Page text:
Share Email Print

Journal of Biomedical Optics • Open Access

Effects of enamel abrasion, salivary pellicle, and measurement angle on the optical assessment of dental erosion
Author(s): Adrian Lussi; Anke Bossen; Christoph Hoschele; Barbara Beyeler; Brigitte Megert; Christoph Meier; Ekaterina Rakhmatullina

Paper Abstract

The present study assessed the effects of abrasion, salivary proteins, and measurement angle on the quantification of early dental erosion by the analysis of reflection intensities from enamel. Enamel from 184 caries-free human molars was used for in vitro erosion in citric acid (pH 3.6). Abrasion of the eroded enamel resulted in a 6% to 14% increase in the specular reflection intensity compared to only eroded enamel, and the reflection increase depended on the erosion degree. Nevertheless, monitoring of early erosion by reflection analysis was possible even in the abraded eroded teeth. The presence of the salivary pellicle induced up to 22% higher reflection intensities due to the smoothing of the eroded enamel by the adhered proteins. However, this measurement artifact could be significantly minimized (p<0.05 ) by removing the pellicle layer with 3% NaOCl solution. Change of the measurement angles from 45 to 60 deg did not improve the sensitivity of the analysis at late erosion stages. The applicability of the method for monitoring the remineralization of eroded enamel remained unclear in a demineralization/remineralization cycling model of early dental erosion in vitro.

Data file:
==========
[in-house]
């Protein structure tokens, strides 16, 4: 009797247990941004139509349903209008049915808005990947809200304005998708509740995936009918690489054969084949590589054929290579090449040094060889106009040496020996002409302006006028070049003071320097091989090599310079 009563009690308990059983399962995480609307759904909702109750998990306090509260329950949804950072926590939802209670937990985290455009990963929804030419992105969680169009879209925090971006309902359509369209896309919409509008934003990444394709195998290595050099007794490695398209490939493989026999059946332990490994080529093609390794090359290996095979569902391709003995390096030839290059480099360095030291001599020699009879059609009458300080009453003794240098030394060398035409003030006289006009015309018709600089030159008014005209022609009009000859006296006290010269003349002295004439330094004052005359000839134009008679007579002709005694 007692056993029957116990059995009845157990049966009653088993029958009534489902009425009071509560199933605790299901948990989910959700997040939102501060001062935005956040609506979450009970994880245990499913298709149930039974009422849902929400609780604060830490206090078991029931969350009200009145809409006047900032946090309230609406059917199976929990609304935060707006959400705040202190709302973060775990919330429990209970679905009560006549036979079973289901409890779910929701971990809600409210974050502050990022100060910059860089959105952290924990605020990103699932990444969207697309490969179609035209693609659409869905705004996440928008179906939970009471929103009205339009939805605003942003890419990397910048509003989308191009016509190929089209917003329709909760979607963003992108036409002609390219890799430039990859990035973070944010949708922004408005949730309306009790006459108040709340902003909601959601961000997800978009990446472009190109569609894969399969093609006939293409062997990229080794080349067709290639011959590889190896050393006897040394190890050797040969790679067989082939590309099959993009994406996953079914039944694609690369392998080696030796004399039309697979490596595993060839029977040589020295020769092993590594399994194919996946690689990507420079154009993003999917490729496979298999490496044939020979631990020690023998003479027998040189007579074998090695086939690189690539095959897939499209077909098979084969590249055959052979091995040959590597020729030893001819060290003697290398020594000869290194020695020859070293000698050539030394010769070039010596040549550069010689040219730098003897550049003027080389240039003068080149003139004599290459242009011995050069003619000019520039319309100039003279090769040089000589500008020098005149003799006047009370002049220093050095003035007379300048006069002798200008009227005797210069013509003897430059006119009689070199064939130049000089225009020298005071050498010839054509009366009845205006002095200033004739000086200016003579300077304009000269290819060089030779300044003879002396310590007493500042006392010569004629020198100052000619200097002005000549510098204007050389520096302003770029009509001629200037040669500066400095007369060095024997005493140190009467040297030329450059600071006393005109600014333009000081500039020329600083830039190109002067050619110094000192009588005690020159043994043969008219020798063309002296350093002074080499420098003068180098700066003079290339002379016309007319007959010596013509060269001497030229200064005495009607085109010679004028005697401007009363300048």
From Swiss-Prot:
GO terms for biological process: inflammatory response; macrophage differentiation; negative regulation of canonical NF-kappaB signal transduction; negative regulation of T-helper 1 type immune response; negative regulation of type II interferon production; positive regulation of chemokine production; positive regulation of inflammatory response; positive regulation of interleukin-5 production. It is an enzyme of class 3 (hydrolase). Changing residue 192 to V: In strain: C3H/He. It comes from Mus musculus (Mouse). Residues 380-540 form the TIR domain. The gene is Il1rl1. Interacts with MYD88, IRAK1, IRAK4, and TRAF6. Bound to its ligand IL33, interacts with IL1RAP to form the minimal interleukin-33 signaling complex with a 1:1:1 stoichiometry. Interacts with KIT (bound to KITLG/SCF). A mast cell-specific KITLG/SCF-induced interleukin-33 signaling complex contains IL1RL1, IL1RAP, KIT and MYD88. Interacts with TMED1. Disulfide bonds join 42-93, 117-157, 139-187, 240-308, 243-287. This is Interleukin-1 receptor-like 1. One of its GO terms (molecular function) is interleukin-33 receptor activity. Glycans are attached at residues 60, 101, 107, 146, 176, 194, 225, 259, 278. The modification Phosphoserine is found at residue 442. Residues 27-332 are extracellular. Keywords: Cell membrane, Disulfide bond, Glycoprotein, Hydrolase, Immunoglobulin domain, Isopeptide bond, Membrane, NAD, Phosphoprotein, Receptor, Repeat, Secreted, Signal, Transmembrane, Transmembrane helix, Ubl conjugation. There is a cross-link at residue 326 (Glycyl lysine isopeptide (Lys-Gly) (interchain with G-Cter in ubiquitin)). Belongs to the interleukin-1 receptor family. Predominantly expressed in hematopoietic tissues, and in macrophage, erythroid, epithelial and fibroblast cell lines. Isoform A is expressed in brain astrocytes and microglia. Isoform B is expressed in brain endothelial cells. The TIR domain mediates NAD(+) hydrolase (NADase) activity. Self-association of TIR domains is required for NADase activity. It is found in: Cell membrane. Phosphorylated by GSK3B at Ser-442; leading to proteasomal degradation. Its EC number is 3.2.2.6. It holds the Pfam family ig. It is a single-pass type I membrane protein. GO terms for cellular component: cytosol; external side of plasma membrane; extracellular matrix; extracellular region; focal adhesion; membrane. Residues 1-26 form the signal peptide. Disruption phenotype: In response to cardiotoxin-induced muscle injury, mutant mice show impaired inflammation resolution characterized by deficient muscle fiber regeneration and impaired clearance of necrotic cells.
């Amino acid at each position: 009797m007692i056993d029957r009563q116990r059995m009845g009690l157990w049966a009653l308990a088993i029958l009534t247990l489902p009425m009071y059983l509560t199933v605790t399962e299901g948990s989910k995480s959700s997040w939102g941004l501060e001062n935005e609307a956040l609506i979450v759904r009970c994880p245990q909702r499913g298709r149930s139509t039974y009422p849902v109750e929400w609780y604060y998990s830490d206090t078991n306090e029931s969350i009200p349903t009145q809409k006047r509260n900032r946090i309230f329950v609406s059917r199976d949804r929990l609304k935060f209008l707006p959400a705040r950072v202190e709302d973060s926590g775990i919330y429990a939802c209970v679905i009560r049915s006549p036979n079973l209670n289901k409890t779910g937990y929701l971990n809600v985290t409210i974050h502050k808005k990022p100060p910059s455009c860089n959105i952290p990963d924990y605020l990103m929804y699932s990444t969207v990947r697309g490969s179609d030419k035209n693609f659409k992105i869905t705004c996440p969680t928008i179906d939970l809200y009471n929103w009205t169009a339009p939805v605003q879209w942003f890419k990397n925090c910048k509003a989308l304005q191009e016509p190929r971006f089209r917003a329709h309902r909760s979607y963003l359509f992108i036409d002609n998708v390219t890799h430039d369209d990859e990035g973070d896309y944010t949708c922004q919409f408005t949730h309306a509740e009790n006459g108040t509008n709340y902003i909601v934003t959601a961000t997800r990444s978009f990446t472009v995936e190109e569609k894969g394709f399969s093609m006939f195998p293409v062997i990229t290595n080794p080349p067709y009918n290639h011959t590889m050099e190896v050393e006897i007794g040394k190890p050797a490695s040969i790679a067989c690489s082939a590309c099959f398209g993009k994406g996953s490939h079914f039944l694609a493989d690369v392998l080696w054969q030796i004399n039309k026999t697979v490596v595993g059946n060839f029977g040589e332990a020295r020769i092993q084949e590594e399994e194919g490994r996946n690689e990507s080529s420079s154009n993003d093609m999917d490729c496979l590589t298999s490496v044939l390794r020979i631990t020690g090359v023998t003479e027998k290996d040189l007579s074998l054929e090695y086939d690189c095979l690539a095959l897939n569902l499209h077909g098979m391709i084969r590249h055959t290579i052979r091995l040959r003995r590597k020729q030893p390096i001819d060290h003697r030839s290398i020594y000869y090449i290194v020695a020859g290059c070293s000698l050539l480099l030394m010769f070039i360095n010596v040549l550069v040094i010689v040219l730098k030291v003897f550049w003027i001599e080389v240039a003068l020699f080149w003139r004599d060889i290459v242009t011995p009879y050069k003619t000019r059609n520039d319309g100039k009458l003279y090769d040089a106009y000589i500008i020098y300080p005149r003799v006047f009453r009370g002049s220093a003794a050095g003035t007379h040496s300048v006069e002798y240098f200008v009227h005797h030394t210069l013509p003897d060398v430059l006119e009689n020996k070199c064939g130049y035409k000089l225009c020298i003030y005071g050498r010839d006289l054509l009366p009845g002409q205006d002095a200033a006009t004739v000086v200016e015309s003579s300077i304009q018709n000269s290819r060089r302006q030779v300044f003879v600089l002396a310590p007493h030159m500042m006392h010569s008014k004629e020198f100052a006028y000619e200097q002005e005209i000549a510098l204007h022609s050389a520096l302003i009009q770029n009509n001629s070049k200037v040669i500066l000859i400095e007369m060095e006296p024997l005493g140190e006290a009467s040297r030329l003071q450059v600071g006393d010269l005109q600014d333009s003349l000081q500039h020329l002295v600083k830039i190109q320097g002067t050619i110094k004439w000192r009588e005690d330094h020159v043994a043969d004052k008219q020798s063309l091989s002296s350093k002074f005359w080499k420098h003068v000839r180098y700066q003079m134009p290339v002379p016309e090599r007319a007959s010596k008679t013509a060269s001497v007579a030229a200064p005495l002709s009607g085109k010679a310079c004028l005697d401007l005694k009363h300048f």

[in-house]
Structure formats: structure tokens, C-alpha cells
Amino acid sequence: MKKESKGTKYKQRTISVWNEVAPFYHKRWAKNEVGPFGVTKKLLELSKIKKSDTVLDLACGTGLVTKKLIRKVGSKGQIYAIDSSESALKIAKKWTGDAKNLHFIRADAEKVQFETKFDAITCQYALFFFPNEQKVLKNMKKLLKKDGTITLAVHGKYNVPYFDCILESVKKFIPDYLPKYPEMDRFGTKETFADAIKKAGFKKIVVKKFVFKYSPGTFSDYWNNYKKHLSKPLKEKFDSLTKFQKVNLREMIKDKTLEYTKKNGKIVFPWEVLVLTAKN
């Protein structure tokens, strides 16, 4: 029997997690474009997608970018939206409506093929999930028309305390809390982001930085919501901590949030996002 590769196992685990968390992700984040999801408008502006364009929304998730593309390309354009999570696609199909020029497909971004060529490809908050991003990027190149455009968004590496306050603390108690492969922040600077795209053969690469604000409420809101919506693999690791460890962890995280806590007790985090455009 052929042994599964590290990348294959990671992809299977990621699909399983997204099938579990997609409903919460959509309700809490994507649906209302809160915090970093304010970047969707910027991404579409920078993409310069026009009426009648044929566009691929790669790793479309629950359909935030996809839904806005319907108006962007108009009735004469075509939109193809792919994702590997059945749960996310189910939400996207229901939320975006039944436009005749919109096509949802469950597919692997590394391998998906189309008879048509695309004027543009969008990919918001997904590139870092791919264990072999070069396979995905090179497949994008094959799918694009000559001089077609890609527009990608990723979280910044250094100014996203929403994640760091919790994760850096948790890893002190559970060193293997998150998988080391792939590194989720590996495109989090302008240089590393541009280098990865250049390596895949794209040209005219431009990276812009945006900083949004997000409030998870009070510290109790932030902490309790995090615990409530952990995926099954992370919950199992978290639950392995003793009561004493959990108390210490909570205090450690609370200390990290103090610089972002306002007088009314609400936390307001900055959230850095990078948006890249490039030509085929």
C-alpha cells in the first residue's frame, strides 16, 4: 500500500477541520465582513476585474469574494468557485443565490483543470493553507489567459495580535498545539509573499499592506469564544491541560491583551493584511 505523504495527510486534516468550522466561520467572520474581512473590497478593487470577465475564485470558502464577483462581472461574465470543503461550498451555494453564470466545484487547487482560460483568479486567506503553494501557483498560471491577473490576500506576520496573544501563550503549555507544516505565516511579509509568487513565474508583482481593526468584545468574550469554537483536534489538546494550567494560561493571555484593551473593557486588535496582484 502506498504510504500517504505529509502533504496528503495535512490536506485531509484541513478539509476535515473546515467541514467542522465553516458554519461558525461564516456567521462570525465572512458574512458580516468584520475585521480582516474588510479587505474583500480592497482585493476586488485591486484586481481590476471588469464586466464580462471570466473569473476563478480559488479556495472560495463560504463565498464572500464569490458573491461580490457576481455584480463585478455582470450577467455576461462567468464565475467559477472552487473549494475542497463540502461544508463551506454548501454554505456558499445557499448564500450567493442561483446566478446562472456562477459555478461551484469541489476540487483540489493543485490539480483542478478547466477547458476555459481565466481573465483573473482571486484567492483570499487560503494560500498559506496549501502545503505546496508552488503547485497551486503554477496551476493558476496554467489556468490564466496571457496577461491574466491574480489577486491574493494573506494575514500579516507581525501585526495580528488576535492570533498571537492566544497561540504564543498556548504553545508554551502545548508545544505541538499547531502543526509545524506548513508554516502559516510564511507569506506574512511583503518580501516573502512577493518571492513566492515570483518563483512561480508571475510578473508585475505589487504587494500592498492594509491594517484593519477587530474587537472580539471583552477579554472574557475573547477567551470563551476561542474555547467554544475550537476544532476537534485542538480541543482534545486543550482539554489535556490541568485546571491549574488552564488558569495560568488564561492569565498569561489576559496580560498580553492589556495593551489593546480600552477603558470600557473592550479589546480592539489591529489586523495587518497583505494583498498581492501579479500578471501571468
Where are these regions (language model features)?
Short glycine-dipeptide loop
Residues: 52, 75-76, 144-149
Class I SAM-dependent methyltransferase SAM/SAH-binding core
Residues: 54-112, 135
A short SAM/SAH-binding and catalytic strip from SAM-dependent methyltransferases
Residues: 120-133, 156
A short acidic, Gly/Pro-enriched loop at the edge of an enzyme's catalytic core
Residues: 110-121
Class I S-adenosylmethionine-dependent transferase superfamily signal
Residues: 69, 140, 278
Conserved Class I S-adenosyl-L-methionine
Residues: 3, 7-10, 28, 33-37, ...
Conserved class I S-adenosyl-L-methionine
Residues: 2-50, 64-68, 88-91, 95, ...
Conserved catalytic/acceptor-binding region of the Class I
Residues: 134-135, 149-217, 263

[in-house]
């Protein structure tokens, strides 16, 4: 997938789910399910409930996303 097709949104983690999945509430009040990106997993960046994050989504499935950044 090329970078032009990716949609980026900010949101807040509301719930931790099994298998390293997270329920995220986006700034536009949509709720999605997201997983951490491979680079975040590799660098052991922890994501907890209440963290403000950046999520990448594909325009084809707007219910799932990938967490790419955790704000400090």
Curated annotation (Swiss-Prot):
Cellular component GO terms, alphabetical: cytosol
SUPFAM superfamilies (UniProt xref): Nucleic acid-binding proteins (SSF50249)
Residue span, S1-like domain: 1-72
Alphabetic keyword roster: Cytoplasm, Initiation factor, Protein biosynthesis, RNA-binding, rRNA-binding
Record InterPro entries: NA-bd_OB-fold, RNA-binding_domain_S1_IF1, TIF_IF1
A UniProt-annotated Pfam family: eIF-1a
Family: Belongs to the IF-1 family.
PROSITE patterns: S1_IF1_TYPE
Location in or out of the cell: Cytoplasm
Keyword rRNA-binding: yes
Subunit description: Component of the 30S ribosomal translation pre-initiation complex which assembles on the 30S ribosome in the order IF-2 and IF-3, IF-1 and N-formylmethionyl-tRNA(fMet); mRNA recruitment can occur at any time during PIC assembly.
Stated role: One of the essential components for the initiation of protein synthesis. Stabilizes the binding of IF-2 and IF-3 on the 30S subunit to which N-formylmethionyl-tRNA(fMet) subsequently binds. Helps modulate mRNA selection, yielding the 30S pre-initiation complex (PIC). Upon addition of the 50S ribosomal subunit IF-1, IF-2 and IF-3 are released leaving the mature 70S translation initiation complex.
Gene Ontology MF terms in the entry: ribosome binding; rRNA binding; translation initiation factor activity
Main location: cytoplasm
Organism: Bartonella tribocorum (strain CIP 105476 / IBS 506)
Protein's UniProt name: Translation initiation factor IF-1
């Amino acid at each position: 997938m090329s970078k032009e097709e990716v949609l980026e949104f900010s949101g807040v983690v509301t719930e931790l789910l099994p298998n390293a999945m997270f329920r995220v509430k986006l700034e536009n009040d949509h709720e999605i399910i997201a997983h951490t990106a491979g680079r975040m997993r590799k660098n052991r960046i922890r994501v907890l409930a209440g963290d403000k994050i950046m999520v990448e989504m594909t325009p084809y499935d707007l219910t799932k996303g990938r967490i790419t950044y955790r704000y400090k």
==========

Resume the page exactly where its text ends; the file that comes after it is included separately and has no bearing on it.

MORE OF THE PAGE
Paper Details

Date Published: 28 September 2012
PDF: 13 pages
J. Biomed. Opt. 17(9) 097009 doi: 10.1117/1.JBO.17.9.097009
Published in: Journal of Biomedical Optics Volume 17, Issue 9
Show Author Affiliations
Adrian Lussi, Bern Univ. Hospital (Switzerland)
Anke Bossen, Berner Fachhochschule Technik und Informatik (Switzerland)
Christoph Hoschele, Berner Fachhochschule Technik und Informatik (Switzerland)
Barbara Beyeler, Bern Univ. Hospital (Switzerland)
Brigitte Megert, Bern Univ. Hospital (Switzerland)
Christoph Meier, Berner Fachhochschule Technik und Informatik (Switzerland)
Ekaterina Rakhmatullina, Bern Univ. Hospital (Switzerland)

© SPIE. Terms of Use
Back to Top